Amazon Web Services is an Industry-leading cloud computing platform that hosts many cloud-based services. One of their oldest and most popular services is S3, which stands for Simple Storage Service.
AWS S3 is a cloud object store that stresses scalability, availability, and durability. S3 is designed for 99.999999999% durability, which means that there is a probability of 99.999999999% that your object will remain intact and be accessible after a period of one year. This level of durability is very desirable when storing important files that you could need at a moment’s notice. When AWS says that S3 is highly available, what they mean is your data is stored in 3 different Availability Zones, which are distinct locations within a region that are engineered to be isolated from failures in other Availability Zones. This ensures that if even 2 of the 3 AZ’s are compromised, your data is still safely stored in the cloud.
Another feature of S3 is the ability to encrypt your files in the cloud many ways. You can set up your files to be encrypted on the client side before they are uploaded, or to be encrypted on the server side after they are uploaded. When using Server-Side Encryption, you have the choice to let S3 manage the encryption key, let AWS Key Management Service manage the encryption key, or you can even upload your own Client Master key and manage the keys yourself.
Not only is S3 extremely durable and highly available, but it also is one of the most cost-effective cloud storage options. Your first 50 TB of storage on S3 will cost you $0.023/GB per month, which is a very small fee to pay to have a copy of your files on the cloud. Because S3 is durable, highly available, and cost effective, it makes it a great place to redundantly store large backups in the cloud.
Many organizations already have their databases and servers set up to automatically create backups of their system on some scheduled interval. This is a great practice to make sure you do not lose all your important information if your servers go down. The pitfall that many organizations have is that they store these backups on the same internal servers. What happens if your internal network is compromised? You may lose the backups you took too!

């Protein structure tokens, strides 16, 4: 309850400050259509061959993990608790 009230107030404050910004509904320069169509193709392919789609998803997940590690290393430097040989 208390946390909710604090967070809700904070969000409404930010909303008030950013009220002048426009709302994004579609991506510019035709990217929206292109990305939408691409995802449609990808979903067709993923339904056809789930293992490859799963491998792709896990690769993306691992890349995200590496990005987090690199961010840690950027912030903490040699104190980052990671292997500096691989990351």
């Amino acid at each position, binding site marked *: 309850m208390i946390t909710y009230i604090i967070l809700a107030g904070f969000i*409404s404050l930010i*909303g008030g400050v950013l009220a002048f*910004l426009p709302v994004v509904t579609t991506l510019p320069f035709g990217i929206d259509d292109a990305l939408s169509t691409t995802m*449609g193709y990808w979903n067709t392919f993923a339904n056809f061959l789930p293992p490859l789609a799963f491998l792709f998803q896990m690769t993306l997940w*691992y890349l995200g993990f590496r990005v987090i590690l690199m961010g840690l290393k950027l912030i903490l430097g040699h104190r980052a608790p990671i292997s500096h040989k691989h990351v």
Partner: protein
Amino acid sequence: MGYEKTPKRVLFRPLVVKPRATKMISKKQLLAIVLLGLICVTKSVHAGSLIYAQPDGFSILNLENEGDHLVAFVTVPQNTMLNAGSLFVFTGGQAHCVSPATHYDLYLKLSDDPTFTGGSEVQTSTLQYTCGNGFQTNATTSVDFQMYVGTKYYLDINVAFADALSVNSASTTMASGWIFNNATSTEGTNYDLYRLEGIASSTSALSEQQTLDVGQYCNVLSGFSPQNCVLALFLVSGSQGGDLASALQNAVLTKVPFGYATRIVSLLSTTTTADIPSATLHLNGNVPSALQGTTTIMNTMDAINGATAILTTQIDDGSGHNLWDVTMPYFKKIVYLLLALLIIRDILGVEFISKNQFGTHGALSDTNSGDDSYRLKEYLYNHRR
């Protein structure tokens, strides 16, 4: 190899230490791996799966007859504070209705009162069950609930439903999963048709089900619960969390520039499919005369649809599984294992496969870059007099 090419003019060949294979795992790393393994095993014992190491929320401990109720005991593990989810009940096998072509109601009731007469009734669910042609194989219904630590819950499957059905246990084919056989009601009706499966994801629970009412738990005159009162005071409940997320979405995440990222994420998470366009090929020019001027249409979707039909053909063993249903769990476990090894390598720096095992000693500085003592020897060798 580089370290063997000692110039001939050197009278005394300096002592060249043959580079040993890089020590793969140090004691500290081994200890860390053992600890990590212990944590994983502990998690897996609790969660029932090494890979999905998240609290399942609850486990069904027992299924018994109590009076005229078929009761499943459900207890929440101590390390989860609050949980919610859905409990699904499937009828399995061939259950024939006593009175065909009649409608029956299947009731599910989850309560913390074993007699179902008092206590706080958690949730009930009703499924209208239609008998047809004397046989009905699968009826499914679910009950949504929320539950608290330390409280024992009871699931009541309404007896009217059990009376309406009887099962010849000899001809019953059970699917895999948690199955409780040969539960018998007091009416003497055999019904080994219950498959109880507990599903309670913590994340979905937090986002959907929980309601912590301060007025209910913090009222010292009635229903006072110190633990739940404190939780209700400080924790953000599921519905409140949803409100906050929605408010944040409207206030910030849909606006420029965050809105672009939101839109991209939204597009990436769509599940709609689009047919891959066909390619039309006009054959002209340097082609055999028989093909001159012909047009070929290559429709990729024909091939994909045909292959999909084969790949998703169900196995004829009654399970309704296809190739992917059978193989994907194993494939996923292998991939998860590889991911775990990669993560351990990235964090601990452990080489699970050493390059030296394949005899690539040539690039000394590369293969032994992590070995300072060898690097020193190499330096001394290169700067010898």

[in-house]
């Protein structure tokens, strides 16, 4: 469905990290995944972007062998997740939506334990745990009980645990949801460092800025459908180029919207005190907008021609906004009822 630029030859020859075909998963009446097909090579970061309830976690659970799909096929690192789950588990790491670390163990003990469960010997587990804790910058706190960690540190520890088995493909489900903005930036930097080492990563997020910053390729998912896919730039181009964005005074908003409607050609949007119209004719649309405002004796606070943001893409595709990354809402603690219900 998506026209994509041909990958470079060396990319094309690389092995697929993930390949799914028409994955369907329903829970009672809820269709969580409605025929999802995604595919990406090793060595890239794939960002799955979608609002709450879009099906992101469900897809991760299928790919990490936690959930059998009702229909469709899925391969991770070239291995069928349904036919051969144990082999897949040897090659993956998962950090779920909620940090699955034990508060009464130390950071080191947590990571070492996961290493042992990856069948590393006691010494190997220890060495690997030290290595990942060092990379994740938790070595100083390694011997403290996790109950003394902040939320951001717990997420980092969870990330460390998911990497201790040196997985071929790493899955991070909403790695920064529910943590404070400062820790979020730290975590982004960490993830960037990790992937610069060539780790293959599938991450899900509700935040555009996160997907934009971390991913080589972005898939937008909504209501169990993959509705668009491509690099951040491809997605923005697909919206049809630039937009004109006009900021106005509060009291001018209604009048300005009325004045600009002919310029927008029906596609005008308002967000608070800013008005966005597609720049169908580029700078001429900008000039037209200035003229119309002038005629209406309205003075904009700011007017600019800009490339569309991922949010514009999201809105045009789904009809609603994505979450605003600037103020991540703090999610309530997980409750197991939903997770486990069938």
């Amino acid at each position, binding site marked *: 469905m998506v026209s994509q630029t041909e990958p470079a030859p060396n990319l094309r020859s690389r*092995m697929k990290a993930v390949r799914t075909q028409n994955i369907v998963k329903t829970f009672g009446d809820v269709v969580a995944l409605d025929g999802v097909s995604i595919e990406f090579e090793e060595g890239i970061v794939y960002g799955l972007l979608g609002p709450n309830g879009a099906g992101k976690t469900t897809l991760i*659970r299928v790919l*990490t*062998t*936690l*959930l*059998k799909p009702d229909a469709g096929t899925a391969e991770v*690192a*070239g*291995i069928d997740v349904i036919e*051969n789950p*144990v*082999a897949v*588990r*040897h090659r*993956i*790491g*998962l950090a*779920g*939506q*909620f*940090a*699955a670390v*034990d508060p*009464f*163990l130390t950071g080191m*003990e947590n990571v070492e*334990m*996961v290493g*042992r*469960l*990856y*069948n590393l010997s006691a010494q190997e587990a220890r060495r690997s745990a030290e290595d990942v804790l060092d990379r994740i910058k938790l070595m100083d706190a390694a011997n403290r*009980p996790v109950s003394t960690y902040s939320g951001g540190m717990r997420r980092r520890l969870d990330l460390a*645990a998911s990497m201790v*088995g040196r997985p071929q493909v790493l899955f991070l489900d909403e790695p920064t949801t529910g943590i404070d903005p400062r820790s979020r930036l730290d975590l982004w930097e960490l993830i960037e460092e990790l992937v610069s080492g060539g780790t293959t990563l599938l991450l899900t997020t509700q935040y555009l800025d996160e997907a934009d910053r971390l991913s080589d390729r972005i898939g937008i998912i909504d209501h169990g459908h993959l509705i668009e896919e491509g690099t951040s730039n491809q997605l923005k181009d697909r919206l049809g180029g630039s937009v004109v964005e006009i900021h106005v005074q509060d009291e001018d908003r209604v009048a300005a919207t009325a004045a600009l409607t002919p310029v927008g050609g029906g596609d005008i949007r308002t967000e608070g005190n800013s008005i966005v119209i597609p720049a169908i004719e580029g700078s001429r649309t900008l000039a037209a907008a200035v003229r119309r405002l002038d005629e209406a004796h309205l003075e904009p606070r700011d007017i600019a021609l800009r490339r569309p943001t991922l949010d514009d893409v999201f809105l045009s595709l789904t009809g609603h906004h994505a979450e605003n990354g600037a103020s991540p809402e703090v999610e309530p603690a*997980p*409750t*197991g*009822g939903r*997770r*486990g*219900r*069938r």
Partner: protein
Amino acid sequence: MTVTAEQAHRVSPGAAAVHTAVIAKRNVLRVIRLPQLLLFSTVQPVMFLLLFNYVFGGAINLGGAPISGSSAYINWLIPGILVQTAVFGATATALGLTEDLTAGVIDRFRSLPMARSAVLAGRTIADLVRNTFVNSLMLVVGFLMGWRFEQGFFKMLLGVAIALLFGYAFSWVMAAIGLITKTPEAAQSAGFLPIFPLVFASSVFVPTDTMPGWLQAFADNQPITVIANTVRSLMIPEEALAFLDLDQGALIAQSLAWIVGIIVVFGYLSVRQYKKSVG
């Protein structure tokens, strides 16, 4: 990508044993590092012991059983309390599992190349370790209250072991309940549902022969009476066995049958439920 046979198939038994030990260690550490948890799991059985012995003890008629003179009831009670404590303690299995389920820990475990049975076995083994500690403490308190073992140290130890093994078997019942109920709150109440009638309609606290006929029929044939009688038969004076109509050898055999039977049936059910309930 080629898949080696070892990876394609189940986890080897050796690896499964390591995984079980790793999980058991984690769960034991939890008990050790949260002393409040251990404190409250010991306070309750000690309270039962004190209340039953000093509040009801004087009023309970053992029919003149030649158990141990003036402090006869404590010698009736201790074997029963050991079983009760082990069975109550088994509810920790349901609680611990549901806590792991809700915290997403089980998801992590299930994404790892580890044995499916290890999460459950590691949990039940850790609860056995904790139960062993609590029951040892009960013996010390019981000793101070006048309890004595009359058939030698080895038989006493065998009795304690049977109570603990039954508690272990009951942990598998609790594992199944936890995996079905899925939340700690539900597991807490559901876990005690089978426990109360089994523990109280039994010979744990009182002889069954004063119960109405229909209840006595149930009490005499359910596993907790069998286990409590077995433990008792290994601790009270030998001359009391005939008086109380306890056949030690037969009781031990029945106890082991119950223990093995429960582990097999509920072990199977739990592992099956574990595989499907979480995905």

One way to get around this potential pitfall is to leverage the AWS Command Line Interface (CLI) and S3 to automatically push your backups to the cloud. This can be scheduled to run daily, weekly, or monthly depending on the requirements of your organization.
Once you have your backups automatically being pushed to the cloud, you can take advantage of S3’s Lifecycle policies to make sure you are only storing the most recent backups that are relevant for your organization. Lifecycle policies can be set up to delete backups after a certain time period, or to move your backups to S3 Glacier, which is an even more cost-effective storage service, to be archived in case of an emergency. This enables S3 to manage its own data and removes the need for someone to manually maintain the backups stored in the cloud.
The benefit of setting up automatic uploads of your backups to the cloud is it prepares your organization for any scenario that could cause you to lose access to your servers or databases. This is a simple, cheap, and pro-active way to prepare your organization for the worst-case scenarios they could happen. In the event of a hardware failure, natural disaster, or any other scenario that could wipe your servers, this will have you prepared to get another instance of your environment up and running in no time. If your organization is ever faced with one of these scenarios, this will save you a ton of time and money spent trying to recover you server or database files. By maintaining a copy of your backups on the cloud, this will ensure that your backups are always readily available in case of emergency and will leave you better prepared for any scenario.
Checkout our webinar to learn more about AWS Use Cases here!